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*To*: zzdev@xxxxxxxxxx, zigzag-list@xxxxxxxxxx*Subject*: ZZ-space and using its dimensions*From*: Tuukka Hastrup <Tuukka.Hastrup@xxxxxx>*Date*: Fri, 7 Jul 2000 17:39:11 +0300 (EEST)*Sender*: tuukka@xxxxxxxxxxxxxxxxxx

Hello! I've been toying with ZZ and gZZ enough to have quite a long personal TODO list :-) Now, before running into doing this stuff, I feel like I should have a deeper understanding of the possibilities and limitations of the space. I think one of the most important things is to comprehend how to use the multidimensionality right. I have read mostly the gzigzag documentation, which gives some examples on this subject too. I don't know if I could already find this somewhere, but here are my thoughts. If this isn't redundant, please read through and comment. 1 Different dimensions present different kinds of atomic relations You can do _everything_ in one dimension: think of your computers one-dimensional RAM. You can do _everything_ without dimensions: graphs in CS don't have dimensions, still one can describe any structure using only graphs. You can do _everything_ having one dimension per relation ie. infinite number of dimensions: here the dimensions have totally lost their meaning, and their number means nothing. Now, in ZigZag, it seems best to have each dimension contain all relations of a single type. We have "d.cursor", "d.handle", "d.cellcreation" etc. all represent one special relationship between the cells connected along that dimension. This seems reasonable, as we want to describe or find out certain types of relations at a time. The (bi)directional structure of ZigZag luckily allows us even to see these relations in pairs, "if your my child then I'm your parent". 1.1 Splitting relations up The first problem, encountered when thinking about ZZ by the definition, are the limitations. How do we describe one-to-many or many-to-many relations? Of course this is possible (we know it right away as we see computer RAM as a special case of this), but the question is, how to describe these relations meaningfully, so that we get some advance from the underlying ZZ-space. One solution given is to have clone cells, ie. dummy cells pointing to the real cell along d.clone. This way we can create any number of similar relations, we'll simply extend the rank along d.clone with one clone cell per cell's relation. This way has its shortcomings: When we get cell data we must /everywhere/ check for d.clone relation and possibly run through the rank to get the data cell. |Data| | |Clone|<-|uses| | |Clone|<-|uses| | |Clone|<-|uses| More simple way to represent the relations is actually given here: headcell is in one-to-many relation with its clones, witch run down the rank along d.clone. One more way could be using d.rel for the relation with the first of the set, and then let rest of the set run down the rank along d.enumerate. |uses|-|Item A| | |Item B| | |Item C| On many-to-many relations, one way is to use conventional adjacency matrices, marking cells in table "+" if there's a relation, " " if not. |Cell A| |Cell B| |Cell C| |Cell 1| | + |-| + | | + | | | | | |Cell 2| | |-| |-| + | | | | |Cell 3| | + |-| + |-| + | This is extremely bad: we need n*m (n^2) dummy cells, we must run through the empty cells to find the relations, there are no constraints for the relations. A way better is given: use one-to-many relation to both directions. This could look like the adjecency matrix, we just remove the " " cells and connect their positive and negative relations. (This thanks to local euclidity) The point is, we must break these more complex relations back to simpler ones, probably expressing the original relation with two dimensions. To me this seems to be a good thing. The bad thing you've already felt: there is more than one way to do it. Now the question is, is there always an optimal way, so we could write it down somewhere and let everyone learn it - or do we have to learn these different ways and learn to decide when to use each one. (Current gZZ implementation uses several of these.) 1.2 Reserving each dimension to one relation type Think of "d.1" and "d.2" and "d.3". What relations do they represent? Now, take this example: We have a simple applitude (a structure and a way to change and see it) for e-mail. We have the contents of a mail in one cell, and the next mail can be found poswards on "d.next" of the cell. The user sees one message a time in the window, and he can get previous mail pressing "-" and next pressing "+". (A _simple_ applitude, as I told you!) It's important that the mail is on a rank on "d.next", otherwise the applitude can't know what to do when "+" or "-" is pressed. We have also another simple applitude, kind of a garbage collector. When I don't need a cell anymore I can drag cells into its view, and the next time I ask it to take the rubbish out, it'll go and detach/erase these cells. And, you guessed it, it uses "d.next" to get to the next cell to remove. When I try to add some junk mail to the list, the best thing the applitude can do is to say it's not possible, the cell is already connected along this dimension. Note that the clone cells won't help. If it was the content we were interested in - like if I list things I must read - then it would suffice to clone the e-mail for listing. And even then, the applitude would have to know of clone cells. (Should we make these mandatory, like I suggested d.cellcreation to be?) The solution is to make sure each dimension is used for a single task. We can make the applitudes configurable, make them able to choose a fresh dimension when they're used for the first time, make it possible to change/translate dimensions when importing data sets (be it slices or something else) etc. If we make sure each applitude can be used with several configurations at a time, it's also possible to mix data sets of the same type of applitude, eg. have different lists shown by list applitude. The problem is, we can't have "default" dimensions - dimensions used for several unrelated tasks - like "d.1", "d.2" and "d.3". OK, let's forget them, it's easy to change the places the implementation depends on them. Now, how do we define a convenient way to travel in the space? At the moment, we can see two or three dimensions at once. If we won't have these "default" dimensions, it'll be a lot of turning and trying to find one's way further. (On the current visualisations, that is. I'm sure many clever ones can be designed.) (To be continued with parts 2, 3, etc. if you find these useful or if I get good comments.) Tuukka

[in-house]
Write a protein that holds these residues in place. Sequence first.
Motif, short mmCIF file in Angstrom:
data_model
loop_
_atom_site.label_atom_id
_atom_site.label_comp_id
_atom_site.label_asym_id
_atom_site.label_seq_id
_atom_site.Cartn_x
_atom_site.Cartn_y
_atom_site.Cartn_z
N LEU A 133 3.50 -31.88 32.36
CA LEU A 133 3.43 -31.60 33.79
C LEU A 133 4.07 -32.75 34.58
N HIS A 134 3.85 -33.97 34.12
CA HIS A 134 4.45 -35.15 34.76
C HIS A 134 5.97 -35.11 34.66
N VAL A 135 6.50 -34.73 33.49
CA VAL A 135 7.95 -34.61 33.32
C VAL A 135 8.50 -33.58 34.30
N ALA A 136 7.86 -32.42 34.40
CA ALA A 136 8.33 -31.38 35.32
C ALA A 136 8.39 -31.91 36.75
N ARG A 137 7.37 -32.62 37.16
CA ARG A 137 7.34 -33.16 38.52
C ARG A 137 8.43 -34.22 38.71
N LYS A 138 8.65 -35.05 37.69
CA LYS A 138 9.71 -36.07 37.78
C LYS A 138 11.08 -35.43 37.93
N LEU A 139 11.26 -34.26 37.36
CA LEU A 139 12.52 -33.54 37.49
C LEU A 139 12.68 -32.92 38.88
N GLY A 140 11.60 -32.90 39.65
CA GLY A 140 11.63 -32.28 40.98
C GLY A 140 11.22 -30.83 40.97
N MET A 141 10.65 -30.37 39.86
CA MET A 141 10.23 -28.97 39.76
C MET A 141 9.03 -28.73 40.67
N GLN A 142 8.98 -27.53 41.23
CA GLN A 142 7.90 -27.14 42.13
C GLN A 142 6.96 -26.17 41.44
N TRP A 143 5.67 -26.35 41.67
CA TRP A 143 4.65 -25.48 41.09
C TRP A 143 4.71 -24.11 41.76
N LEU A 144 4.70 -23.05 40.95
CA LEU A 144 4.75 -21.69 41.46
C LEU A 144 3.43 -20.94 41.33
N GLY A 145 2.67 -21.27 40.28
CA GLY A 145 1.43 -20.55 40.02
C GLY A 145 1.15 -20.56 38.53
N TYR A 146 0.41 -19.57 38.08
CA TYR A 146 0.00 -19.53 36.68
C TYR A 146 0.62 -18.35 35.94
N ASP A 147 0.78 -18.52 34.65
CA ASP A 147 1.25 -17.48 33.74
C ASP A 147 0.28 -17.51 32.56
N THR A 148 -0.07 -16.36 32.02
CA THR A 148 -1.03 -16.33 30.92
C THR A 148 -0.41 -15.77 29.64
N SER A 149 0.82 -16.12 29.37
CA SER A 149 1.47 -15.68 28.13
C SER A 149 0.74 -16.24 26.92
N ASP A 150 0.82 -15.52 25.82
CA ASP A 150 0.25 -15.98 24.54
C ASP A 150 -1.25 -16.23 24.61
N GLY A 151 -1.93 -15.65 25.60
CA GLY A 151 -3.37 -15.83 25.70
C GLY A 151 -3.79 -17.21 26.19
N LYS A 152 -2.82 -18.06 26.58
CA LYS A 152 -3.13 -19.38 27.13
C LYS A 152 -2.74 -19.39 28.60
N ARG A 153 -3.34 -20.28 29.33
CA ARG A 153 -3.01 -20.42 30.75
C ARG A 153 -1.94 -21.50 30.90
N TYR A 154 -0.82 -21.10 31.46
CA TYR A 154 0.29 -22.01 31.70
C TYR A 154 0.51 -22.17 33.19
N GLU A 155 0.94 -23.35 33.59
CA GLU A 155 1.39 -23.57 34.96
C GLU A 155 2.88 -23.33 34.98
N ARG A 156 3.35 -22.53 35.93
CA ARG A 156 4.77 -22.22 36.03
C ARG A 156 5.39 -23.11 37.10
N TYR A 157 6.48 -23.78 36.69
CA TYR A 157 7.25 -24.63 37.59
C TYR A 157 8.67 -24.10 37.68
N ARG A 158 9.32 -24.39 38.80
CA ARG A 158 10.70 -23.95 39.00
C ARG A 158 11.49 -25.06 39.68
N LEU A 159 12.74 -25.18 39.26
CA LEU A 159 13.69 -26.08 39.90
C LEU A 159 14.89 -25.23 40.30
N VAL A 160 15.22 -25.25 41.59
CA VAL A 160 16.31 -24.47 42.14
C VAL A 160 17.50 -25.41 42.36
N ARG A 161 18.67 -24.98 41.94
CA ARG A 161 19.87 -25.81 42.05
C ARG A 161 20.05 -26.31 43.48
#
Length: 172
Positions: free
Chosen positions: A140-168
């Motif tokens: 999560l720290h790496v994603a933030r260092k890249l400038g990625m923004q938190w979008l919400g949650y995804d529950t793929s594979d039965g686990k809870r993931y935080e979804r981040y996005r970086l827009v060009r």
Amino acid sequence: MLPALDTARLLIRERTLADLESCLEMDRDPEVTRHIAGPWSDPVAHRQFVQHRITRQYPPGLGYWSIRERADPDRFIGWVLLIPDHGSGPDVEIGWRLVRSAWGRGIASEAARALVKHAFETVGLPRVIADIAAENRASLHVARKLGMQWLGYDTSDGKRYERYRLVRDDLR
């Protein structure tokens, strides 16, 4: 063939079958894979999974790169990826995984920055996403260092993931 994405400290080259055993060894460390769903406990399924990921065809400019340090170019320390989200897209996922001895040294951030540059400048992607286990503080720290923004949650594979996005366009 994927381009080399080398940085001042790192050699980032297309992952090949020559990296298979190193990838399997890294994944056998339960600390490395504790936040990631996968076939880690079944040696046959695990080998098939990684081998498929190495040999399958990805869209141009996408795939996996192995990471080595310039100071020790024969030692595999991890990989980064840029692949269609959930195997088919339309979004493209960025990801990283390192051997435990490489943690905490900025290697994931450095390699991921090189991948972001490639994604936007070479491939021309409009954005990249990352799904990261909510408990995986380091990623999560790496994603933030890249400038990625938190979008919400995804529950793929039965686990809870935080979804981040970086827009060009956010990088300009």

**Follow-Ups**:**Re: [zzdev] ZZ-space and using its dimensions***From:*Ted Nelson